Publication: Monitor Volume: 4 Issue: 146

A trial has begun in Moscow that has every chance of becoming not only unprecedented, but sensational as well. Beslan Gantemirov, former mayor of the Chechen capital, Grozny, is charged with swindling 57 billion rubles. During the war years, Gantemirov also held the post of deputy premier in Chechnya’s pro-Moscow puppet government. Also charged are Moscow businessman Andrei Rubanov, through whose firm, investigators allege, Gantemirov sent the money abroad, and Israeli businessman Arkady Golod, who is accused of receiving the money and transferring it to banks in Austria, Switzerland and the US. (Kommersant-daily, July 28)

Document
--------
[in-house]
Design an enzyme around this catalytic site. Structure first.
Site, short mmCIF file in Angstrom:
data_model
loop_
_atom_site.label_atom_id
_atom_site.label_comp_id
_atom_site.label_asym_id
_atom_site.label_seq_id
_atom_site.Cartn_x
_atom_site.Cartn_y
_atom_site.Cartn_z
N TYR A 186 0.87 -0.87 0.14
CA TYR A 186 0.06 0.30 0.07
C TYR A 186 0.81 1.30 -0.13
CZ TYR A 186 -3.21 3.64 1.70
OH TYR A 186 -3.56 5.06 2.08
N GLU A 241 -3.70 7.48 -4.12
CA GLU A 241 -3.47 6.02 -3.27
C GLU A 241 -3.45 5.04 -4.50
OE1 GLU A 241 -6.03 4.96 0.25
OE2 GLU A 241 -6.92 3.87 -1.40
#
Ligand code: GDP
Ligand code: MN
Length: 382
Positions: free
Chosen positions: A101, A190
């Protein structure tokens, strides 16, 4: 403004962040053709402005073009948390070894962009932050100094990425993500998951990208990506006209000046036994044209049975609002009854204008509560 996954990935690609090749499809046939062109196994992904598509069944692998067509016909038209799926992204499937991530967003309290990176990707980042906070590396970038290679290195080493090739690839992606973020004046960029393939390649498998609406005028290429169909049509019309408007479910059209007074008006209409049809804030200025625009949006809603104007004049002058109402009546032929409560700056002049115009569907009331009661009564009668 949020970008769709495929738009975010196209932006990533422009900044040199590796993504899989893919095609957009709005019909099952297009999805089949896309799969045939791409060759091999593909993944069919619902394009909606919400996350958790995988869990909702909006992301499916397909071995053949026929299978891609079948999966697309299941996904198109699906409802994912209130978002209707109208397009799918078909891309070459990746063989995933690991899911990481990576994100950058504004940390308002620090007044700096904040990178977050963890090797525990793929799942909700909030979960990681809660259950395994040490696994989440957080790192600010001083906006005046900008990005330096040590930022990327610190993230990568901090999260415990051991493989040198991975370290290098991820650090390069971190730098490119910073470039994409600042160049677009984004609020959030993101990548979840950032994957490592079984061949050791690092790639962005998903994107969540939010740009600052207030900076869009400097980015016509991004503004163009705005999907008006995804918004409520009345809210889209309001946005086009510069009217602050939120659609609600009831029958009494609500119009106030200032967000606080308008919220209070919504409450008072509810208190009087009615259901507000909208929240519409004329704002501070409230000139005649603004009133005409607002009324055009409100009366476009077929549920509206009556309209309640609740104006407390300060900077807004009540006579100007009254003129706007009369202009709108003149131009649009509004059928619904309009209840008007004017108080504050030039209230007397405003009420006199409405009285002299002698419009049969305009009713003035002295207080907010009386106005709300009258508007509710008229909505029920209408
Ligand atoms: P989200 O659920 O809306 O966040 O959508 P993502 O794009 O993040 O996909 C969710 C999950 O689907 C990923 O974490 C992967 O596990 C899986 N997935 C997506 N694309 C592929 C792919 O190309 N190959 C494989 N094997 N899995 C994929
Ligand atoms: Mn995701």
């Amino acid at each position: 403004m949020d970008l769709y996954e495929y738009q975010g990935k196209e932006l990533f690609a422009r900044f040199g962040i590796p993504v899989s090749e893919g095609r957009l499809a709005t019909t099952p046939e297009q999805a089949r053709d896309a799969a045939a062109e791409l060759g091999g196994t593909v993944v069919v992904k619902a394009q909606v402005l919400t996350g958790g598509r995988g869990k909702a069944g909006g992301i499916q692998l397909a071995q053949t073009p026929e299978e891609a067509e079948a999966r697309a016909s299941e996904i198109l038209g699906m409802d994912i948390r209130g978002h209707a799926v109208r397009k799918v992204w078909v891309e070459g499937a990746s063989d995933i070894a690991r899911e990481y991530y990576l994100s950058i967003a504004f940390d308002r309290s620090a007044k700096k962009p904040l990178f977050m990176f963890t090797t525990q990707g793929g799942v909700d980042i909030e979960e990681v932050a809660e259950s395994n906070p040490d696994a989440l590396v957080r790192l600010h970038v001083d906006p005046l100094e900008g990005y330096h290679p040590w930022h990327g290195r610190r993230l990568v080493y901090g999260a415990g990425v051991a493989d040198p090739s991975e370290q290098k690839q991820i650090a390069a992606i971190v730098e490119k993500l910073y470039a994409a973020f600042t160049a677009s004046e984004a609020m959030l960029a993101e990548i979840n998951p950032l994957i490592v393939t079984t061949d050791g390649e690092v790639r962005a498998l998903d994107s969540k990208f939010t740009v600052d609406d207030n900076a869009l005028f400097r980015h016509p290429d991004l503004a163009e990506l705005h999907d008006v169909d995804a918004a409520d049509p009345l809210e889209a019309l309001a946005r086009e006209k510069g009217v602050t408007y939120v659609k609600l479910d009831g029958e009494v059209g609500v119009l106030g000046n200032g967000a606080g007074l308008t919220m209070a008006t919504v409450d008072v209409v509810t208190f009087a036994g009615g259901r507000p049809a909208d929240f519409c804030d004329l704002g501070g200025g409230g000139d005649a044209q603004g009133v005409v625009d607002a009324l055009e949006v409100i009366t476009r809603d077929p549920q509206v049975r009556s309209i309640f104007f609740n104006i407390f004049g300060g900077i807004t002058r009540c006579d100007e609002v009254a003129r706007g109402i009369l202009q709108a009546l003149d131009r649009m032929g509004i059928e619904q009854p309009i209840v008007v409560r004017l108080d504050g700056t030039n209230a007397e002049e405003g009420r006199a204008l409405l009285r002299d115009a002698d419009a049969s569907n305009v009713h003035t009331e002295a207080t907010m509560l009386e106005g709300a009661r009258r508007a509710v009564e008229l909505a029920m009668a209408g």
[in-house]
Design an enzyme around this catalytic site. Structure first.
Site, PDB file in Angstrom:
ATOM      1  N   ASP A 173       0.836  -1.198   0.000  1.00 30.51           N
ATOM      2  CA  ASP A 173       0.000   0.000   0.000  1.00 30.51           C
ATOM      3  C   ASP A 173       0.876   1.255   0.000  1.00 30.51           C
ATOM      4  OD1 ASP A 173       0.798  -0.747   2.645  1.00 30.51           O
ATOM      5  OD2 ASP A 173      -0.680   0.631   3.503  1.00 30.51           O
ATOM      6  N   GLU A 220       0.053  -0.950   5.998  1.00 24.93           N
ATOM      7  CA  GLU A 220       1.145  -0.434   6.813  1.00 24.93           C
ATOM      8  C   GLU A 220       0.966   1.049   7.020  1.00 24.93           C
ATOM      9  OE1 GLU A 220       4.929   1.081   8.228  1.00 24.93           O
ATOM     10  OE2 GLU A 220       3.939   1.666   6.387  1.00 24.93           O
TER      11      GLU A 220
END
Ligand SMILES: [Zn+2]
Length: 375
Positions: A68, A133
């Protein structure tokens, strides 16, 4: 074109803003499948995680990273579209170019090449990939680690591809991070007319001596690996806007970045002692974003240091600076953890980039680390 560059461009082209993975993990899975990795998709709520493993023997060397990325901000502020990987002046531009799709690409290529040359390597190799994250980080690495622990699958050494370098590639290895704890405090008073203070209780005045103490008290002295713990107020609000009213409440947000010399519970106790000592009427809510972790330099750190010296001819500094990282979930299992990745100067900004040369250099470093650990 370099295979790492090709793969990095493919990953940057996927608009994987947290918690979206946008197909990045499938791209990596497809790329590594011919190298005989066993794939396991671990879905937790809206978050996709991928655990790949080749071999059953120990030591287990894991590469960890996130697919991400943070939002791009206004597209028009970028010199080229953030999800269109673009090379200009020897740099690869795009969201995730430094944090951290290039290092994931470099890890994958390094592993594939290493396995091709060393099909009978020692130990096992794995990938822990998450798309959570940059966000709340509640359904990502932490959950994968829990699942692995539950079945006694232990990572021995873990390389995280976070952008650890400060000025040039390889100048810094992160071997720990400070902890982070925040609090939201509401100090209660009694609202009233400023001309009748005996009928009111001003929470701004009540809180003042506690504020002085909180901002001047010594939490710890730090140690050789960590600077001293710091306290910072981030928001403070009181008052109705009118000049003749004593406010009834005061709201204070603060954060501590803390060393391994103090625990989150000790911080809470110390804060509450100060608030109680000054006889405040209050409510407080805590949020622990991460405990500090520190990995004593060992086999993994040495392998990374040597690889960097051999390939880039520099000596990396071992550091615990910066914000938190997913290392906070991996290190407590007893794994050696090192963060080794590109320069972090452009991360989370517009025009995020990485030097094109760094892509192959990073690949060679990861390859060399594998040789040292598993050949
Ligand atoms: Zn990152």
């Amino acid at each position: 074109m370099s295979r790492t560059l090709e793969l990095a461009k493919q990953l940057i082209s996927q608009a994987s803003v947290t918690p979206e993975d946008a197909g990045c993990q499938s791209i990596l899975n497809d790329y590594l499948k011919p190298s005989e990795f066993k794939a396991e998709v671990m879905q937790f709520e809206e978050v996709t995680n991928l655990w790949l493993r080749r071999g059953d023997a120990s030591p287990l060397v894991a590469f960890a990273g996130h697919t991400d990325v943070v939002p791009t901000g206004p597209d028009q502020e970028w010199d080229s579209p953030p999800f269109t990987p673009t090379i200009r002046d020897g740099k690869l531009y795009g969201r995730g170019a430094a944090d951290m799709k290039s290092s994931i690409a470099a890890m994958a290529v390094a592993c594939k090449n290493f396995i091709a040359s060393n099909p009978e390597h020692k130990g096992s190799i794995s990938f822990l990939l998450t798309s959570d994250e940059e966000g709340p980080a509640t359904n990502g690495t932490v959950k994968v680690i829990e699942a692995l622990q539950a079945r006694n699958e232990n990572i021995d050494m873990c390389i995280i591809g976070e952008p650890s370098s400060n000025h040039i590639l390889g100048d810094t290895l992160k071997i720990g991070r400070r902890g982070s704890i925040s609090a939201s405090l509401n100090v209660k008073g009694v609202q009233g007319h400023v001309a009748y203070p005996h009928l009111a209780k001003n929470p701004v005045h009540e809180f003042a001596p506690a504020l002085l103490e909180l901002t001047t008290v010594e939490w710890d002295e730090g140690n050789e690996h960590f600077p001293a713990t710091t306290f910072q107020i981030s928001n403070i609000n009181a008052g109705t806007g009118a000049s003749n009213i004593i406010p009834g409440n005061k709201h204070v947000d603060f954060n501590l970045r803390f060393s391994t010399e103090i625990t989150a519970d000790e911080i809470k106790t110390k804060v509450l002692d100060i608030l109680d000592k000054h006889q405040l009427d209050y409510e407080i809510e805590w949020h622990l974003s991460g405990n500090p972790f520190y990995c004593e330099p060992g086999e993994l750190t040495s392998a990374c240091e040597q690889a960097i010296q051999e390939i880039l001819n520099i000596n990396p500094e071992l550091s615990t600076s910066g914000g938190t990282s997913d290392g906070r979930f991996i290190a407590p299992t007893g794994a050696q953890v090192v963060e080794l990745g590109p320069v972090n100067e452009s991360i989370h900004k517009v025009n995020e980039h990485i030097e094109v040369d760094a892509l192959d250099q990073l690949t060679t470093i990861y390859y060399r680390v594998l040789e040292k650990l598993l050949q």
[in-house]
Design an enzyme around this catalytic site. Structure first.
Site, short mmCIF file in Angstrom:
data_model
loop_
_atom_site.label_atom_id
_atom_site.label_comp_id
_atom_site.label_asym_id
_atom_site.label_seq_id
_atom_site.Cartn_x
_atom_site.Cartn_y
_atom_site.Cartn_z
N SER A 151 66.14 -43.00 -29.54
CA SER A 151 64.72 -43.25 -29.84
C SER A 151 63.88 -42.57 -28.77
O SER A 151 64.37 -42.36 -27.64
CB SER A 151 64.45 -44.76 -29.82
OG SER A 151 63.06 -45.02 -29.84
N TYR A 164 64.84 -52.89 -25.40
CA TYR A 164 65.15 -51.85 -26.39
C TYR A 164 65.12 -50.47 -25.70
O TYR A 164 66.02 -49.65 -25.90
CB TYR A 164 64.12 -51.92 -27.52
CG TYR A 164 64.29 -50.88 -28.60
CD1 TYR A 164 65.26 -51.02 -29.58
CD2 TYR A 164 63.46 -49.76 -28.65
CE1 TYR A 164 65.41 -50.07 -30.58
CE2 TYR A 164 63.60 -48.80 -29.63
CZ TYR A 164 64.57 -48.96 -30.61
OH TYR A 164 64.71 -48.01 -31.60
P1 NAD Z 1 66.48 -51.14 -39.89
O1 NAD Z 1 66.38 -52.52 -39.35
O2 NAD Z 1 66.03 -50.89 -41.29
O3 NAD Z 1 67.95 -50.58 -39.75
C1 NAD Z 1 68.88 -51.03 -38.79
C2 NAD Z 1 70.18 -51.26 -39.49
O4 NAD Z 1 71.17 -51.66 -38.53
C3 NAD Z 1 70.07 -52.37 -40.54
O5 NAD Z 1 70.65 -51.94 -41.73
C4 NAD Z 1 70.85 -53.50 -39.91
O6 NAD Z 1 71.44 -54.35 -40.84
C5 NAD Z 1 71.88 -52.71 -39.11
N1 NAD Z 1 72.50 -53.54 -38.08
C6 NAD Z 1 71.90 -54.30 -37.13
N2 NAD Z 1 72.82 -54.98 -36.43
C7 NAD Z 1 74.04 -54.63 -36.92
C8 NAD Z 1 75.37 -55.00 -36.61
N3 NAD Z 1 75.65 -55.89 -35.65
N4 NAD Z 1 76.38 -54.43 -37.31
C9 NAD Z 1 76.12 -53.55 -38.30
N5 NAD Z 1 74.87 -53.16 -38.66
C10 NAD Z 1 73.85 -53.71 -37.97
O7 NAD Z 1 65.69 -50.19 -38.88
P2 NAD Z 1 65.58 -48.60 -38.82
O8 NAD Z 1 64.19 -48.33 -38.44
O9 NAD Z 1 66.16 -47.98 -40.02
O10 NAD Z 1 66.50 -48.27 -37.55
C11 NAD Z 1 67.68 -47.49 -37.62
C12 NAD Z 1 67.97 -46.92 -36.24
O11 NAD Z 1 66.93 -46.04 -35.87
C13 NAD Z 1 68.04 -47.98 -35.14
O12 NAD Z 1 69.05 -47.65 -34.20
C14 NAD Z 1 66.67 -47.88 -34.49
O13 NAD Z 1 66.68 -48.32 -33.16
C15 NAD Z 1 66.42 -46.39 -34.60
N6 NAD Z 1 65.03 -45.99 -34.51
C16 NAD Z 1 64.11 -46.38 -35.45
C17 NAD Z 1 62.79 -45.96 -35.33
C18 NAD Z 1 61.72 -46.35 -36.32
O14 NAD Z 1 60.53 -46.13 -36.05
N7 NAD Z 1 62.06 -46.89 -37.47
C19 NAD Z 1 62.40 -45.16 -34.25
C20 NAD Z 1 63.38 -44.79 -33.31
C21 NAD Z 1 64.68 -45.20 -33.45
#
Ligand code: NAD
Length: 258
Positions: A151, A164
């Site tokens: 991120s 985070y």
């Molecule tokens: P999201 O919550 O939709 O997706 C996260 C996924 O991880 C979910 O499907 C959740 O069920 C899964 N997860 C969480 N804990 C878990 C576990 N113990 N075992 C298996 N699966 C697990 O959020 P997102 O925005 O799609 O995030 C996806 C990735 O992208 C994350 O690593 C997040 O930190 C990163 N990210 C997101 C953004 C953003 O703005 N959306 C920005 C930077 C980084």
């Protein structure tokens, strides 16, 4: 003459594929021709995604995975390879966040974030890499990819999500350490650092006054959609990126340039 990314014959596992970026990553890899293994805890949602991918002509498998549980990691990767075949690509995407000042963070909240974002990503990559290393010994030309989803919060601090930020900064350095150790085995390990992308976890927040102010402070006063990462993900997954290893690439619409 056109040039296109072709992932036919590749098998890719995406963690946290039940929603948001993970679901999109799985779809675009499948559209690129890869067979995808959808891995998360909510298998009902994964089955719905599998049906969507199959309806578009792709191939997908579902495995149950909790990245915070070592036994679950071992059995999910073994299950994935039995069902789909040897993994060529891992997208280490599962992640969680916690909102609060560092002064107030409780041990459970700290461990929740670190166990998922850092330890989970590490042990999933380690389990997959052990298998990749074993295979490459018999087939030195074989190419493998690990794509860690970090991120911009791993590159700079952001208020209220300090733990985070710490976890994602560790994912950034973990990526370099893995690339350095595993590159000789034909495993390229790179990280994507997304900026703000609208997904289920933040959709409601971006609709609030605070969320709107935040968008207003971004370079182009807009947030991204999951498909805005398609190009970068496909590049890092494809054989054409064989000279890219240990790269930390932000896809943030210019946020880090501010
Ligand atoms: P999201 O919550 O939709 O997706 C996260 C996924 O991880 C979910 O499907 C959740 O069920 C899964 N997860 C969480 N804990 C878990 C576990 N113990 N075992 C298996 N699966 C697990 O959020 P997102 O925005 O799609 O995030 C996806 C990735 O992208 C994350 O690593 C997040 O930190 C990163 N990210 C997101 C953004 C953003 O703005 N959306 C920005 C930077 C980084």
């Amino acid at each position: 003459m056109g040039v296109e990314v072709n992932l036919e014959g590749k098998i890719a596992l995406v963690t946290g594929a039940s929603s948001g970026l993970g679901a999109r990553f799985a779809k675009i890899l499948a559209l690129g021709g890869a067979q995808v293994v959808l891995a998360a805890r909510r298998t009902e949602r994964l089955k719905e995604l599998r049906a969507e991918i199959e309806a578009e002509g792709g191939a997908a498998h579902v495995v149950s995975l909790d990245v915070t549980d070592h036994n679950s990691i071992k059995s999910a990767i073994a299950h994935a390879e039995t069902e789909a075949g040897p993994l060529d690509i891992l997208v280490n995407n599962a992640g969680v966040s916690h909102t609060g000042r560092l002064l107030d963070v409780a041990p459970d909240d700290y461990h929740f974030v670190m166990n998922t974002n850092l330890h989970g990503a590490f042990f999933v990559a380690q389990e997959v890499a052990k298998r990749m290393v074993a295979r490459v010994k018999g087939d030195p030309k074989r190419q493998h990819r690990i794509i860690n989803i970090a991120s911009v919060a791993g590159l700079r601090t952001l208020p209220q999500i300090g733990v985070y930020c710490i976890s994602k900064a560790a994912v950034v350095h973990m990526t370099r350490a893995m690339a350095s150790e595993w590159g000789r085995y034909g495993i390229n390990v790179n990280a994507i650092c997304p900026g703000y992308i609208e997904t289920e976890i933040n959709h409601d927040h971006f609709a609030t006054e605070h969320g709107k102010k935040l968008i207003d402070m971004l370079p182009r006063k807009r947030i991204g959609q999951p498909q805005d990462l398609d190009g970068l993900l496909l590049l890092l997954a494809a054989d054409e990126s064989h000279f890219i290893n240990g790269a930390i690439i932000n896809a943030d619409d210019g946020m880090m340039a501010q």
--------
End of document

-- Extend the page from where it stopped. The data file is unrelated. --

Gantemirov’s trial will be closed. The official explanation is that this is for security reasons: Chechen fighters could try to settle accounts with Gantemirov, whom many Chechens regard as a traitor because of his membership of the pro-Moscow government. But Gantemirov’s lawyer, Konstantin Mudrik, has another explanation. He thinks that the trial is being kept under wraps because the authorities fear what might happen if Gantemirov’s testimony is made public. Gantemirov alleges that he was introduced to Golod by former Russian Interior Minister Anatoly Kulikov. The Israeli businessman denies having had any contact with the ex-minister, however, and Kulikov has not been questioned. (Kommersant-daily, July 28)